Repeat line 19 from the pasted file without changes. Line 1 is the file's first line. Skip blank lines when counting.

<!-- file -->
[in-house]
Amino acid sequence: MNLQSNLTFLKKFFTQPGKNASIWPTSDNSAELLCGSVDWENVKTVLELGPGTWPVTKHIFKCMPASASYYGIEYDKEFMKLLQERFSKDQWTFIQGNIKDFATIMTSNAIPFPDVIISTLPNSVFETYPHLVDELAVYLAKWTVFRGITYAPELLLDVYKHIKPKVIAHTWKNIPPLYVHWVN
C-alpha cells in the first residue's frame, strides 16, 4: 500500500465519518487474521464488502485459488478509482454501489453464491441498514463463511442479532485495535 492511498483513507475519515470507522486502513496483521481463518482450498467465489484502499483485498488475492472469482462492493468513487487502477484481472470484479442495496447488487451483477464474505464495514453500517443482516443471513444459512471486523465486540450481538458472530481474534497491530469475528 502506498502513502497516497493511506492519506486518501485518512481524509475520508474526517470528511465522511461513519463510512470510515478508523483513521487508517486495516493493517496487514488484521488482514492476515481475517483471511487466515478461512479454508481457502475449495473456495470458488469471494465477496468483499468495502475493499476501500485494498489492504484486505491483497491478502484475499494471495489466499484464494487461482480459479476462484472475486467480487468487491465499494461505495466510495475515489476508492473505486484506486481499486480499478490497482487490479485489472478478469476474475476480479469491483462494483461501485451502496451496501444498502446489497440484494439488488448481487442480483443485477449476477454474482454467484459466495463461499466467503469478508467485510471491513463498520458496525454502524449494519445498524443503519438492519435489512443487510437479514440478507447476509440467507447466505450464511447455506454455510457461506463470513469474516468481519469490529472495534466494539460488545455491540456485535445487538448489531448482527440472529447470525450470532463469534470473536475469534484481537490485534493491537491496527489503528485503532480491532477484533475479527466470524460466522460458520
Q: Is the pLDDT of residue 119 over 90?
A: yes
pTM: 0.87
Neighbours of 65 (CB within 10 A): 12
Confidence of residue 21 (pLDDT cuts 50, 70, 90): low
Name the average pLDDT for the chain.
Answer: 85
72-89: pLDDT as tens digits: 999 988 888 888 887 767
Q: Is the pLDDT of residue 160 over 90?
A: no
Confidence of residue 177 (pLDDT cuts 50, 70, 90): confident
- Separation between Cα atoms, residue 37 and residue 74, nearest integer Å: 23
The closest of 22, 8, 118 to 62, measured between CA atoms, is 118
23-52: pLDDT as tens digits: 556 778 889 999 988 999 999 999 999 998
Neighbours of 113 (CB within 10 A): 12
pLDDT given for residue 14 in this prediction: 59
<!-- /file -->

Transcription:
pLDDT given for residue 14 in this prediction: 59